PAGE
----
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Staff Protest at Lira University Teaching Hospital Over Salary

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Staff Protest at Lira University Teaching Hospital Over Salary
PHOTO — Lira University


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Staff members at Lira University Teaching Hospital have launched an industrial action against the University, citing alleged salary disparities. The strike, which commenced on Monday, has resulted in only essential departments operating with reduced staffing levels, affecting services at the Teaching Hospital, which caters to both the university and the wider community.

The protesting staff, represented by the National Union of Educational Institutions (NUEI) – Lira University branch, have pointed out the university’s failure to implement a directive from the Ministry of Public Service regarding salary adjustments. This discrepancy has affected around 300 staff members affiliated with various umbrella bodies.

For example, a nurse with a diploma currently earning a net salary of 1.44 million Shillings with a gross of 2.09 million Shillings would, under the revised salary structure, receive a net salary of 2.3 million Shillings from a gross pay of 3.47 million Shillings.

Tensions have been escalating since September 2022 when public universities were instructed to standardize their salary structures across faculties and departments. Despite attempts to engage with the administration, led by Phyllis Ocwa, the Lira Branch Secretary of NUEI and a radiographer at the University’s hospital, negotiations have yielded no results. Ocwa expressed concerns over potential repercussions for speaking out but emphasized the importance of addressing the issue collectively.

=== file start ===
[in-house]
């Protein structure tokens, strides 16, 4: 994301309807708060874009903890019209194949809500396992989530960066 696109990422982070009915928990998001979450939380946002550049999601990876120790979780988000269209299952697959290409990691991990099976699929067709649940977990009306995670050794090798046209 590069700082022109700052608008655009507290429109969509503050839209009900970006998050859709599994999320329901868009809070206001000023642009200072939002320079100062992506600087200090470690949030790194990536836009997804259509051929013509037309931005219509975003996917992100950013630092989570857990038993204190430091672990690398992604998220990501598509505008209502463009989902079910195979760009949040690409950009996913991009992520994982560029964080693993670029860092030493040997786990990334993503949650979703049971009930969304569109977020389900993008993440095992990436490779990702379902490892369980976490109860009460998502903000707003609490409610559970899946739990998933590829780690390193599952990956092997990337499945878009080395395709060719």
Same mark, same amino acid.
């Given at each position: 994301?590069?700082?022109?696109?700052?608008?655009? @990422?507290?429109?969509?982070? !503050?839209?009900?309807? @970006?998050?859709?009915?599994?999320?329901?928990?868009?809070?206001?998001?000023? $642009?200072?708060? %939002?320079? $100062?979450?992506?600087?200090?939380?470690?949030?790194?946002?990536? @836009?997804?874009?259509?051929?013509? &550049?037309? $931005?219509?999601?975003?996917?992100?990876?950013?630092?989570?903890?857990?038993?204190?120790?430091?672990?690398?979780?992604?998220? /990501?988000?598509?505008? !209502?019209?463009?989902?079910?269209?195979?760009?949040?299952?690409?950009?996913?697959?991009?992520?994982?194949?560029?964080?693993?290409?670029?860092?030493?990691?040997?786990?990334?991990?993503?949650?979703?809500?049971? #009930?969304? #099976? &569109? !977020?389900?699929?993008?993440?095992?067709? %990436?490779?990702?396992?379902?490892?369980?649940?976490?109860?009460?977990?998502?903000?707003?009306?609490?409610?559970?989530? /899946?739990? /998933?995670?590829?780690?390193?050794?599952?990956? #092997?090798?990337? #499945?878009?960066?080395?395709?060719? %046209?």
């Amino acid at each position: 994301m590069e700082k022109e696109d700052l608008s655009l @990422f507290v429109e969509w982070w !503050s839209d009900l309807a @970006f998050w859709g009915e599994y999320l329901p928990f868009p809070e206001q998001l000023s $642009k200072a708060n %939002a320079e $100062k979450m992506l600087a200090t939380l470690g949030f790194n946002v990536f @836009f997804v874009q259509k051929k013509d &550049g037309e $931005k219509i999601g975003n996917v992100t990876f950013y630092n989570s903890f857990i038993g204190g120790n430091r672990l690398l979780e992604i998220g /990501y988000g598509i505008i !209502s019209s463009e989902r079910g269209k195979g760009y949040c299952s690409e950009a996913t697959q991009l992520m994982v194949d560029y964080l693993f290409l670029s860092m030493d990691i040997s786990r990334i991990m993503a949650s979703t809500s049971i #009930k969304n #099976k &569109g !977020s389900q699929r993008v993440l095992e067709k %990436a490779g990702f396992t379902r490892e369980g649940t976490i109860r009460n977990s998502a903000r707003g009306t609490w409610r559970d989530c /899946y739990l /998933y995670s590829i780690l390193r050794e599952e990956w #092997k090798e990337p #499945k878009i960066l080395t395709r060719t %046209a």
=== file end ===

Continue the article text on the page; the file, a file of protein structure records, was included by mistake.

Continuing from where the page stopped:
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In October 2023, the NUEI-Lira University branch convened a general assembly, resolving to issue a 60-day notice of industrial action. They demanded new appointment letters reflecting updated positions and salaries effective July 1, 2023.

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Ocwa highlighted the adverse impact of the dispute on staff performance, noting that many have not been accommodated by the university, further exacerbating the situation.

Responding to the strike, Prof. Jasper Ogwal-Okeng, the university’s vice chancellor, acknowledged receipt of the industrial action notice. He clarified that only hospital staff with diploma qualifications were participating in the strike. According to him, the strike lacked sufficient notice and violated due process. He assured the public that the hospital was operating normally with other diploma staff members who were willing to work.

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